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Legal agreement to cut out risks; ANNA HAY (pictured), solicitor at eaton smith, says your company may well need a shareholders' agreement.

MANY business owners are busy running successful companies often with close family or friends and with no problems arising.

So why do we recommend you have a shareholders' agreement? A shareholders' agreement can set out provisions governing the management of the company and can include matters on which shareholders' approval is needed. A shareholders' agreement can include detailed provisions tailored to the company dictating what should happen as and when a shareholder wants to or is required to sell their shares.

A shareholders' agreement can be used to regulate what would happen to employee shareholders' shares should they leave for whatever reason.

While many companies run smoothly for years with no fall outs between shareholders, this is not always the case.

It is therefore sensible to formalise in the agreement, from the outset, the approach that will be taken if the relationship does turn sour, so if disputes do occur, there can be specific provision laid down, such as mediation and arbitration for dealing with them.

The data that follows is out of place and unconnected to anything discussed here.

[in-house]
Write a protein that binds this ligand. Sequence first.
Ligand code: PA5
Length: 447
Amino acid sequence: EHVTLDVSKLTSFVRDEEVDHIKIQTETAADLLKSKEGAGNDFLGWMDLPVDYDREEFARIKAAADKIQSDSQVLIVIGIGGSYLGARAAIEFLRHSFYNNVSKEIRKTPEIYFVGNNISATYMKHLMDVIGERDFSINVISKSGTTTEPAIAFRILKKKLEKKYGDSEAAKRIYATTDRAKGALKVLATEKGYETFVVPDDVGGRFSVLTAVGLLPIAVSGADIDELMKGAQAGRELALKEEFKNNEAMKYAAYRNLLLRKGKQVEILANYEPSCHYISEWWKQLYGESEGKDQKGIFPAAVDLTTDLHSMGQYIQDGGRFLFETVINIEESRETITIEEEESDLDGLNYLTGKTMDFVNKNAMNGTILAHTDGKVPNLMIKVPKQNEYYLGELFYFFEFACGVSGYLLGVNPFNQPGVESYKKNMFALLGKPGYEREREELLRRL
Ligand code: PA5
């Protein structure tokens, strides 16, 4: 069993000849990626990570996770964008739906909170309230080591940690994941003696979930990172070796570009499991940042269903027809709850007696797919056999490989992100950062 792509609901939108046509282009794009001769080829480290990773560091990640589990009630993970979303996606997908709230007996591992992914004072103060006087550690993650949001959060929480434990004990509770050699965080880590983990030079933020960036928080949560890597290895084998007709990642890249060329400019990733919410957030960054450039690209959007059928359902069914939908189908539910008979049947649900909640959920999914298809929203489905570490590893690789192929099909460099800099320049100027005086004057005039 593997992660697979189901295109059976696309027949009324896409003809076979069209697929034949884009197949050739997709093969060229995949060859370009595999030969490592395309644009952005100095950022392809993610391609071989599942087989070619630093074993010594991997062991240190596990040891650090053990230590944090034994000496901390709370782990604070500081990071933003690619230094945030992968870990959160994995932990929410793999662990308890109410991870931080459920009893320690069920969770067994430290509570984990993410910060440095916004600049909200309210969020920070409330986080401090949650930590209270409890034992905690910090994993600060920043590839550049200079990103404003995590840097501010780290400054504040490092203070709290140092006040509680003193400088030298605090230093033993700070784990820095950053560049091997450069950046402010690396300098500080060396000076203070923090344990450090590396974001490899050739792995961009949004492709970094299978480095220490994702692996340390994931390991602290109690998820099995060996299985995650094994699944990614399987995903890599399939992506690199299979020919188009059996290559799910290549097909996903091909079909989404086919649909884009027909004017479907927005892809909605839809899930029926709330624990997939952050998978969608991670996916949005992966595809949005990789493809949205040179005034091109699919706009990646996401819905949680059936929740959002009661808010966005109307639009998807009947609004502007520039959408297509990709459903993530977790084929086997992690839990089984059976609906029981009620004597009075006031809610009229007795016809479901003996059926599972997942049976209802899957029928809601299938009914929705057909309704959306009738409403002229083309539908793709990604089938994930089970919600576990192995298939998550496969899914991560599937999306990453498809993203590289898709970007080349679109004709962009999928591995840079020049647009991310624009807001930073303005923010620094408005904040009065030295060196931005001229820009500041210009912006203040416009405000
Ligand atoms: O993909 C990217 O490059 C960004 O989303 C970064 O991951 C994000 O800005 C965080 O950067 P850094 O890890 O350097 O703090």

A shareholders' agreement can include a dividend policy to which the company should comply.

And restrictions to prevent an exiting shareholder from setting up or working with a competing business can be included in a shareholders' agreement.

A shareholders' agreement is a private document so its content can be kept confidential, unlike the content of the company's articles of association.

An interested third party, such as a bank, may require sight of a shareholders' agreement as evidence that the company is stable and well run.

The above points outline some key reasons for why a company should put in place a shareholders' agreement, but there is no such thing as a "standard" shareholders' agreement.

We can provide a bespoke agreement drafted to reflect the specific requirements of each company.

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Copyright 2017 Gale, Cengage Learning. All rights reserved.

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Publication:Huddersfield Daily Examiner (Huddersfield, England)
Date:Sep 14, 2017
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